"THE MADMAN THEORY"
In the Summer of 2000 I left my job as a public policy writer/researcher at Harvard to write a novel, which was published this September and is called The Madman Theory. After 12 years, the writing I was doing at Harvard had become almost rote. Having never written fiction, I thought I might be able to write a novel -- if it was one I could research. I wanted to learn something new about how to write, to stretch myself, and this was the way to begin.
I'd been reading about how President Kennedy had almost lost the 1960 presidential election and wondered what the world would have been like had 20,000 voters in three states woken up on the other side of the bed that November day. I was particularly interested in what would have happened in 1962, when the world was on the very brink of nuclear war during the Cuban Missile Crisis, which occurred when the Soviet Union built a secret nuclear missile base 90 miles from Florida.
I found an inexpensive house to rent by Buzzards Bay in Massachusetts and began teaching myself how to write fiction. I wanted The Madman Theory to be as realistic as possible. If I was going to tell a story of what might have actually happened, had Kennedy lost the '60 election, my characters would have to include the people who likely would have been staffing the government. With this sort of alternate history fiction, writers typically invent a character who observes the action of historical figures. But of course there really would have been no such fictional character in this alternate world so I decided to dispense with this device. Instead, I wrote The Madman Theory from the point of view of the historical characters themselves. Kennedy's Republican opponent was an almost equally young Richard Nixon, so I wrote The Madman Theory from his point of view -- and that of his wife, Pat. I wanted to tell the story of their marriage in parallel with the political events at the heart of the novel and tried to weave the two together.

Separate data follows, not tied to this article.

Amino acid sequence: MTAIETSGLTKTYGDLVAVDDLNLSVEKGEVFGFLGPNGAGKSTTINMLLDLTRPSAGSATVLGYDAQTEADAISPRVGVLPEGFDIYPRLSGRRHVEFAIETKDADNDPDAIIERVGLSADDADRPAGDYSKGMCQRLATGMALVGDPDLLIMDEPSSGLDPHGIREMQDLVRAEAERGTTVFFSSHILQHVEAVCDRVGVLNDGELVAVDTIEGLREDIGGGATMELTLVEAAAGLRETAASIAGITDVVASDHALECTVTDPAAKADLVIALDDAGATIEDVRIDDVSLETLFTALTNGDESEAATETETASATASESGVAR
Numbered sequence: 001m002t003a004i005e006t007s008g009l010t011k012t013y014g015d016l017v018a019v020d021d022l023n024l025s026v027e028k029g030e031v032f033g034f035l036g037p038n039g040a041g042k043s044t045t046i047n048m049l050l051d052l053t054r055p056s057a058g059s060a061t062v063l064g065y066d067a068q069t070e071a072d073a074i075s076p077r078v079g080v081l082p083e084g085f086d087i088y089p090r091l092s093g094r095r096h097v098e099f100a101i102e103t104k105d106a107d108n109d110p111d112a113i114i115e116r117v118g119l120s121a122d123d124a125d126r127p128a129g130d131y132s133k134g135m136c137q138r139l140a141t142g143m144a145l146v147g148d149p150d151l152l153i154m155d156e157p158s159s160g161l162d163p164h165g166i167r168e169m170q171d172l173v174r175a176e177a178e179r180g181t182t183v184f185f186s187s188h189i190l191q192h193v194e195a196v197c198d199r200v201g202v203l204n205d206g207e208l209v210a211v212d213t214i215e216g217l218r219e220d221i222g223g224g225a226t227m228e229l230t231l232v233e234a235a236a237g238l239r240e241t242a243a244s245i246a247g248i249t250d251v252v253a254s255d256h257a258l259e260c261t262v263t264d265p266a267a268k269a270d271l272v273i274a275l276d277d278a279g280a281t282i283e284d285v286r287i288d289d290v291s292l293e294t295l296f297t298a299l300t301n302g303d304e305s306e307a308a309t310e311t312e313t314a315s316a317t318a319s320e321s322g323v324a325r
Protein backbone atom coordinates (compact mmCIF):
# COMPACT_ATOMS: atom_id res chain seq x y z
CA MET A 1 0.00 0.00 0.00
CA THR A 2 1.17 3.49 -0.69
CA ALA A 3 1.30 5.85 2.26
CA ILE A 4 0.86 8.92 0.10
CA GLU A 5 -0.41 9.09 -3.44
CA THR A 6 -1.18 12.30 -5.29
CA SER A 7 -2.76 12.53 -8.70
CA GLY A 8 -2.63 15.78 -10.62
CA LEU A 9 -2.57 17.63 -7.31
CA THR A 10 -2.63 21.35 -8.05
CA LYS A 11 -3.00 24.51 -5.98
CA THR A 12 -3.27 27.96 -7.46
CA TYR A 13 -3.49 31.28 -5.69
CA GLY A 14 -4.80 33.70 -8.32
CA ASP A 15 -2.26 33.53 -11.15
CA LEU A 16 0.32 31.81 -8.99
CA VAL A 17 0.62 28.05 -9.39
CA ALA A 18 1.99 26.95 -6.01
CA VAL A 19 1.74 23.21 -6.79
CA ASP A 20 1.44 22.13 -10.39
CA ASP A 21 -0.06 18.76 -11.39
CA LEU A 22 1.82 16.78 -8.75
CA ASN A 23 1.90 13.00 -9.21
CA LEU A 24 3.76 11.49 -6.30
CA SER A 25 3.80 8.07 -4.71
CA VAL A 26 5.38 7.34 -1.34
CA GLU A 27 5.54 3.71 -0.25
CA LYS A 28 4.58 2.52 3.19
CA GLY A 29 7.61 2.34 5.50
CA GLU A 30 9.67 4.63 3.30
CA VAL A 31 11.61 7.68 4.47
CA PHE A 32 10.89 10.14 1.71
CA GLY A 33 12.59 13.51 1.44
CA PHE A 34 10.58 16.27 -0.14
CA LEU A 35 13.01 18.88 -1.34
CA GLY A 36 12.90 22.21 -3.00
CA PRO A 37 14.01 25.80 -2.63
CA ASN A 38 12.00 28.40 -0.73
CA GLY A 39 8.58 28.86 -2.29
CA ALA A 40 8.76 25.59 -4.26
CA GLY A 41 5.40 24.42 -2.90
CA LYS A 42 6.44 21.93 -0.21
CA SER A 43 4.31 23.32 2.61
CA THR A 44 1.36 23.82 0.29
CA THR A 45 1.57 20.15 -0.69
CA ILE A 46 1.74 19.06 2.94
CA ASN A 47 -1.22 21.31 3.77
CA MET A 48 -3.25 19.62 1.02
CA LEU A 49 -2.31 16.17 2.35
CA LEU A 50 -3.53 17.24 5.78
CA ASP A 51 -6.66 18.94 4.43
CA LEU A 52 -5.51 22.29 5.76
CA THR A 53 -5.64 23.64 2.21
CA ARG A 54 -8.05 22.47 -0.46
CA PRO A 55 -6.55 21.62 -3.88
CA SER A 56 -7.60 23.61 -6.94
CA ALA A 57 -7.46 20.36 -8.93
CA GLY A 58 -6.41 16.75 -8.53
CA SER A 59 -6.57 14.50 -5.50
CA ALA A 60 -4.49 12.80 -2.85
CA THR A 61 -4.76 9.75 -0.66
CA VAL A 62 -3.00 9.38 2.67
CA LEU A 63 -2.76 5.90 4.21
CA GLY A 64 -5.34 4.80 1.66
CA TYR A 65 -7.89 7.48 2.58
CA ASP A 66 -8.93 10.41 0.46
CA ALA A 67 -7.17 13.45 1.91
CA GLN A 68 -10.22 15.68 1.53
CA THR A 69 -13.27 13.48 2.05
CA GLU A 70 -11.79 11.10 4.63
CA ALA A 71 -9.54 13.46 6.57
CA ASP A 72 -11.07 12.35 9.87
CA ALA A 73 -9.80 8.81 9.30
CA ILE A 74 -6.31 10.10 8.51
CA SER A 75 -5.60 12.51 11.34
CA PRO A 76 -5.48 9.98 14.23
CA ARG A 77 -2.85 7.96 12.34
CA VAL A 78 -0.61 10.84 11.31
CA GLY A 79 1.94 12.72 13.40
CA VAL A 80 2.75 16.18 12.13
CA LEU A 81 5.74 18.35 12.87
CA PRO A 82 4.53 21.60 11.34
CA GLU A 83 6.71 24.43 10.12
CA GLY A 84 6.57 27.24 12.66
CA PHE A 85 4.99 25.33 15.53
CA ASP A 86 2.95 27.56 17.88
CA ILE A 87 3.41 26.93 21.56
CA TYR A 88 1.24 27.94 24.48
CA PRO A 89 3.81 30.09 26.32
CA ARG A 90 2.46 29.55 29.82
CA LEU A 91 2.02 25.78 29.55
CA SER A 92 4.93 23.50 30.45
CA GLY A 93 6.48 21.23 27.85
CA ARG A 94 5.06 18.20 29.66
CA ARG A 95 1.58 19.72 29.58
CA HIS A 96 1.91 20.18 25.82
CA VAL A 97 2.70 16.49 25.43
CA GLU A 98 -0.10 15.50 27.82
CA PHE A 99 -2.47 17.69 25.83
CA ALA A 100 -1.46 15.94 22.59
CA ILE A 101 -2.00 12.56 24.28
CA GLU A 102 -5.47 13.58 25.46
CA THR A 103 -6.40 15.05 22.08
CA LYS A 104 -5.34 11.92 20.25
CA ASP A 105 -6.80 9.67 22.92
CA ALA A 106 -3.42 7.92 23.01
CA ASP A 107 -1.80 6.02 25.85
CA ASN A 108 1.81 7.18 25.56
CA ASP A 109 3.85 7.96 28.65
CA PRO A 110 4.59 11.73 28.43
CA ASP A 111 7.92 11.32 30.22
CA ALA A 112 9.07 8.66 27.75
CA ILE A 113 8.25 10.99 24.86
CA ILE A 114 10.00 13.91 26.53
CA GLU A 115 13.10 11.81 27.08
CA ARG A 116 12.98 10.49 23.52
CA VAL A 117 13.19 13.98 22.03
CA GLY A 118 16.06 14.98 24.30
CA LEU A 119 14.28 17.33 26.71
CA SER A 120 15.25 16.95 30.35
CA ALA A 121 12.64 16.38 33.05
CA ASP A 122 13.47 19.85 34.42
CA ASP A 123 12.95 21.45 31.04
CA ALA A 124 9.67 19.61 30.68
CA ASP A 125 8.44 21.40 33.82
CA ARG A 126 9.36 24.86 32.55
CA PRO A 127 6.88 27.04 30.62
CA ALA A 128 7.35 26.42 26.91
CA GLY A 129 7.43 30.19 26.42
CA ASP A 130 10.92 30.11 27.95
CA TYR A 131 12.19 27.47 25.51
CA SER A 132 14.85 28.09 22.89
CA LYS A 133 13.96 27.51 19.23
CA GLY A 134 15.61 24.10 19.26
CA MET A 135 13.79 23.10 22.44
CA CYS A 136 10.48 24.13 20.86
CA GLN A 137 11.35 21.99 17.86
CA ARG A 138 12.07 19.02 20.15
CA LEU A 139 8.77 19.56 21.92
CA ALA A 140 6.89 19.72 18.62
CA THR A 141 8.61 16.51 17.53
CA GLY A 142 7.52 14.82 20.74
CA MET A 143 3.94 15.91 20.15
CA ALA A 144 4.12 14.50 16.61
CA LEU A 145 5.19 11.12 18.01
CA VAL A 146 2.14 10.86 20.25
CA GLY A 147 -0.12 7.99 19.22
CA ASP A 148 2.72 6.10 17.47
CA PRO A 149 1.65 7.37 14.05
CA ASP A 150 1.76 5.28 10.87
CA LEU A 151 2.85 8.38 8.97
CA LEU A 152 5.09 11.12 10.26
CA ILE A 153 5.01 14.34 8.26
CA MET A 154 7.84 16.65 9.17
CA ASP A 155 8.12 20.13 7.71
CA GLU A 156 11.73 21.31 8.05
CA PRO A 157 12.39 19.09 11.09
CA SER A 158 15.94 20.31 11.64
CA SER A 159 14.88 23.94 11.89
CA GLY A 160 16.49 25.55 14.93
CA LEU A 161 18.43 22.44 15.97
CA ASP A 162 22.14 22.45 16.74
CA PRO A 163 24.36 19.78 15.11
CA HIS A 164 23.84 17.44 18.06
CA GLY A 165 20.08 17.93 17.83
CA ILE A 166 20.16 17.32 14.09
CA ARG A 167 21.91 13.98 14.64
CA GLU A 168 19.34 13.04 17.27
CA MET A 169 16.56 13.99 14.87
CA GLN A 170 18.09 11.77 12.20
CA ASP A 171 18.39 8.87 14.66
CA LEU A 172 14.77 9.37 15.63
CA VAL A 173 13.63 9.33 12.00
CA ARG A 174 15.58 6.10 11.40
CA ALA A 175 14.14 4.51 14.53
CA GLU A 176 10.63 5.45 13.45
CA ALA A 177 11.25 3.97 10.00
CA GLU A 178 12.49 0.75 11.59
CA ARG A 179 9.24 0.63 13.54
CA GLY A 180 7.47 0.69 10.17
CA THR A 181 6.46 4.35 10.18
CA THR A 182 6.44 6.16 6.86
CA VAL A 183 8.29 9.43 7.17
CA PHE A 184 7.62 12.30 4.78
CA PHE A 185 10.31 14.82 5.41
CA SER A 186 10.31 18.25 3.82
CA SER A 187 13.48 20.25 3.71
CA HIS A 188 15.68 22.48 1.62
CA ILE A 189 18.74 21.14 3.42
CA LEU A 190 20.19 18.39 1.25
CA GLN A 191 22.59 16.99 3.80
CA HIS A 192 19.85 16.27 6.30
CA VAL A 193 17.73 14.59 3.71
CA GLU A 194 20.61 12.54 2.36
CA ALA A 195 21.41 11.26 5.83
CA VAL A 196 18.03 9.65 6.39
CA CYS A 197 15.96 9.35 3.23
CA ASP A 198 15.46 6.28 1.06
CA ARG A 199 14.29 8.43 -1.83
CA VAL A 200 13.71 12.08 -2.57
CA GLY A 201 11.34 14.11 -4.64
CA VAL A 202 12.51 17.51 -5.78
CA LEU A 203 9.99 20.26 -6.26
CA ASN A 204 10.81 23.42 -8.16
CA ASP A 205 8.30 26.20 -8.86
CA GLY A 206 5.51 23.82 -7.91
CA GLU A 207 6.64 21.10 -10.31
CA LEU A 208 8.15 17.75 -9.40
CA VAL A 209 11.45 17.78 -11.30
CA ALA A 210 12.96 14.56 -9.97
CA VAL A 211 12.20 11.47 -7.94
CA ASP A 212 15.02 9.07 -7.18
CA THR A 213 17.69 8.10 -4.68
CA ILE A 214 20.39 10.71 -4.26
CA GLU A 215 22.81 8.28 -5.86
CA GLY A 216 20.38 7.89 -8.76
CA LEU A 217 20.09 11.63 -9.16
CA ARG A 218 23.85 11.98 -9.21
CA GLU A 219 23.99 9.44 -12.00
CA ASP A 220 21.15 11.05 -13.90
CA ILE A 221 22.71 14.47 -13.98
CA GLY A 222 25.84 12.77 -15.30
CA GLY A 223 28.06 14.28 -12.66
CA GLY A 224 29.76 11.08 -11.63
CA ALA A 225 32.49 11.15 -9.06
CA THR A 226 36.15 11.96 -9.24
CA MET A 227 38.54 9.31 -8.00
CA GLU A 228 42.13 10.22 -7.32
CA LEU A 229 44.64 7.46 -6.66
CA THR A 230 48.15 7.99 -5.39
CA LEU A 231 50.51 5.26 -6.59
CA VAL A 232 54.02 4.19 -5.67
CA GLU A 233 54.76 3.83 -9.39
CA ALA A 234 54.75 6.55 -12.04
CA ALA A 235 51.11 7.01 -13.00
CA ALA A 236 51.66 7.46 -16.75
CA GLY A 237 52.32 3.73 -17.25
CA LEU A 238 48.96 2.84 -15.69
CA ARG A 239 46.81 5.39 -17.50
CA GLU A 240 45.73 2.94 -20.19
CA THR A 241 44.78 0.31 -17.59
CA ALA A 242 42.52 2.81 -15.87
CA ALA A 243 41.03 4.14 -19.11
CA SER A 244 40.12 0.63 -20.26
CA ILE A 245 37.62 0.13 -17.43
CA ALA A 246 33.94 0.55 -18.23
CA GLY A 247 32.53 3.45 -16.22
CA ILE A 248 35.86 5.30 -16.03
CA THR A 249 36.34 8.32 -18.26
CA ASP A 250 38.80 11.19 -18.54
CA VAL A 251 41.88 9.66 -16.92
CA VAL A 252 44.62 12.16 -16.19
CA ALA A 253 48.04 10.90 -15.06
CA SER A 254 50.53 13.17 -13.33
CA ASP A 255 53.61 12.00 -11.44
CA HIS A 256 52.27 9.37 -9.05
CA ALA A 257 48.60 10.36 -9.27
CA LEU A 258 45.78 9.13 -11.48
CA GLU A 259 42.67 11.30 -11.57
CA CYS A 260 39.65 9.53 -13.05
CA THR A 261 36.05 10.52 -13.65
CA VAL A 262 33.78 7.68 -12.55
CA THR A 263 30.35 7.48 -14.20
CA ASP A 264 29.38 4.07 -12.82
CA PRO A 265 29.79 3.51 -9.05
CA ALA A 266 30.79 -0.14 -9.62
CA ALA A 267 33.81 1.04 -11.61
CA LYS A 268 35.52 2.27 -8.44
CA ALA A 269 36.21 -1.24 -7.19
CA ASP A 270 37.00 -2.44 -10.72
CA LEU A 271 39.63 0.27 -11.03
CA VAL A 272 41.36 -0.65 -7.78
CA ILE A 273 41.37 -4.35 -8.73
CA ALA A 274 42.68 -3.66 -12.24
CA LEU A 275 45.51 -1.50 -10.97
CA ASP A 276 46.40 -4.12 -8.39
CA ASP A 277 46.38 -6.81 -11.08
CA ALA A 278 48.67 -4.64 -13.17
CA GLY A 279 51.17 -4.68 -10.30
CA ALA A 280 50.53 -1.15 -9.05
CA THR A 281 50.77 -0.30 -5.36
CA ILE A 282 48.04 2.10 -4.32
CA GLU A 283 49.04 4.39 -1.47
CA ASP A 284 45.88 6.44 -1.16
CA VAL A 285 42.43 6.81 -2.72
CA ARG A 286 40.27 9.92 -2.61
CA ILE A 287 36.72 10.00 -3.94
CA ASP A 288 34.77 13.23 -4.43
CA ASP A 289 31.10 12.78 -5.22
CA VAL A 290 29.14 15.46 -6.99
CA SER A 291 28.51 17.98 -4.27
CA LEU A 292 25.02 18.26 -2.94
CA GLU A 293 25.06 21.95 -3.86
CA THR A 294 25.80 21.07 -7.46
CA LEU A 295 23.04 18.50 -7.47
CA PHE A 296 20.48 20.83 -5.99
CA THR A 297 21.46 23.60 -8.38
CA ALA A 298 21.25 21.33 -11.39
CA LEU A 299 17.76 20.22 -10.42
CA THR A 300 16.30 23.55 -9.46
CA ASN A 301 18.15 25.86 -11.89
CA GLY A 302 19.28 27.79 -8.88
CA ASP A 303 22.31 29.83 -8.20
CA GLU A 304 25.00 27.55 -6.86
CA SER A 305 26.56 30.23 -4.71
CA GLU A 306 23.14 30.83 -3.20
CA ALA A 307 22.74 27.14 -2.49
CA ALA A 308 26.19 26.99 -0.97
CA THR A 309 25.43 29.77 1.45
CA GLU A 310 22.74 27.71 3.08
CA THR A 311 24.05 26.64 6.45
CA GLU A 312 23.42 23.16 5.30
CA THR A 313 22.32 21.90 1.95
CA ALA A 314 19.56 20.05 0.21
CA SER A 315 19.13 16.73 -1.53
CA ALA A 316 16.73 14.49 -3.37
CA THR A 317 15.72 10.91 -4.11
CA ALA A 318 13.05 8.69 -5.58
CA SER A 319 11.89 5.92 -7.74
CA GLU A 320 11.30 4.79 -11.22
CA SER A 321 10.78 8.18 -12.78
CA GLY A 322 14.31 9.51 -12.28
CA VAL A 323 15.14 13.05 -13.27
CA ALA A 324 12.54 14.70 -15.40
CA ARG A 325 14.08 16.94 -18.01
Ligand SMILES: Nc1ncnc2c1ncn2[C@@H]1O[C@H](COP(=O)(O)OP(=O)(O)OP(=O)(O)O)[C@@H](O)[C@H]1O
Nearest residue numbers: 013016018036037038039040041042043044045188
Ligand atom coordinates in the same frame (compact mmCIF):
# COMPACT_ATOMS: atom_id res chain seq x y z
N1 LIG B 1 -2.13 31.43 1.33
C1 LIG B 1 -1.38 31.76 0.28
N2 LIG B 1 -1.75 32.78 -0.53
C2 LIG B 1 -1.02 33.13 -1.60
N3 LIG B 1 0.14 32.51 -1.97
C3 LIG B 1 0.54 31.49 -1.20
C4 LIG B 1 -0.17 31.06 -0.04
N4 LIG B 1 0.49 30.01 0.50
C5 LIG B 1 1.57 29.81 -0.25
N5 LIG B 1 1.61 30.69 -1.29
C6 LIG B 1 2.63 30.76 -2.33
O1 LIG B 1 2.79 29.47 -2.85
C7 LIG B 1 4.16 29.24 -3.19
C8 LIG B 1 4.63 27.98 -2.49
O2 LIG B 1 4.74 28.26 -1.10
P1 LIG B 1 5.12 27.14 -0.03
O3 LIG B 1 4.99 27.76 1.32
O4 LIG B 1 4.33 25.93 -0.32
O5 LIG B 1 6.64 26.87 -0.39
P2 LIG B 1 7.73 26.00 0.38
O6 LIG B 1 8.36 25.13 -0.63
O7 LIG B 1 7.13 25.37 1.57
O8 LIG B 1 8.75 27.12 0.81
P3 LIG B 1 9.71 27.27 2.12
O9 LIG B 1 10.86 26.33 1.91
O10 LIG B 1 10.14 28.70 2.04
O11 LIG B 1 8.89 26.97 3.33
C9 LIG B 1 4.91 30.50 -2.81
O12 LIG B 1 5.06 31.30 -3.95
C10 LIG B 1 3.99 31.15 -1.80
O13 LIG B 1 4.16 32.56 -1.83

It's hard for me to write sloppy stuff. I need to get everything correct as I go. This is a slow process. Not having written fiction before, I wrote a lot of carefully constructed chapters that were OK on their own, but didn't work for the book. When my time was up in the house by the bay, I hadn't come close to finishing. I had to go back to work. The job I took, as a Washington journalist, left me with very little energy to work on the book. When the publication I was reporting for closed down, I switched to freelance writing and editing. I learned to take whatever paid the most to maximize my free time and was able to resume work on The Madman Theory. The looming 50th anniversary of the Cuban Missile Crisis this October gave me a deadline -- just what I needed to finish The Madman Theory.
The result, available online at Amazon and Barnes & Noble in paperback and as an e-book, is a political thriller about how the man who almost won the 1960 election might have responded to the threat of nuclear missiles just off America's doorstep. The title is taken from Nixon's very real idea that he could force a nuclear-armed foe to back down in a crisis. All he had to do was convince them he was a madman -- that he really was crazy enough to start a nuclear war. In The Madman Theory we find out where Nixon's crazy notion would have taken the world when it was already on the brink of Armageddon.
-- Harvey Simon
ABOUT THE AUTHOR
Harvey Simon is a freelance writer living in Washington, DC. His articles have appeared in The Los Angeles Times, The Boston Globe Sunday Magazine, the History News Network and elsewhere.
Before moving to Washington he was a national security analyst at Harvard University, where he also wrote about other public policy issues.
The Madman Theory (Sept. 18, 2012, Rosemoor Press) is Simon’s debut novel. Its release coincides with the 50th anniversary of the most dangerous event in U.S. history – the Cuban Missile Crisis.
Simon received his undergraduate degree from Cornell University and has an M.A. in philosophy from the University of Massachusetts at Amherst.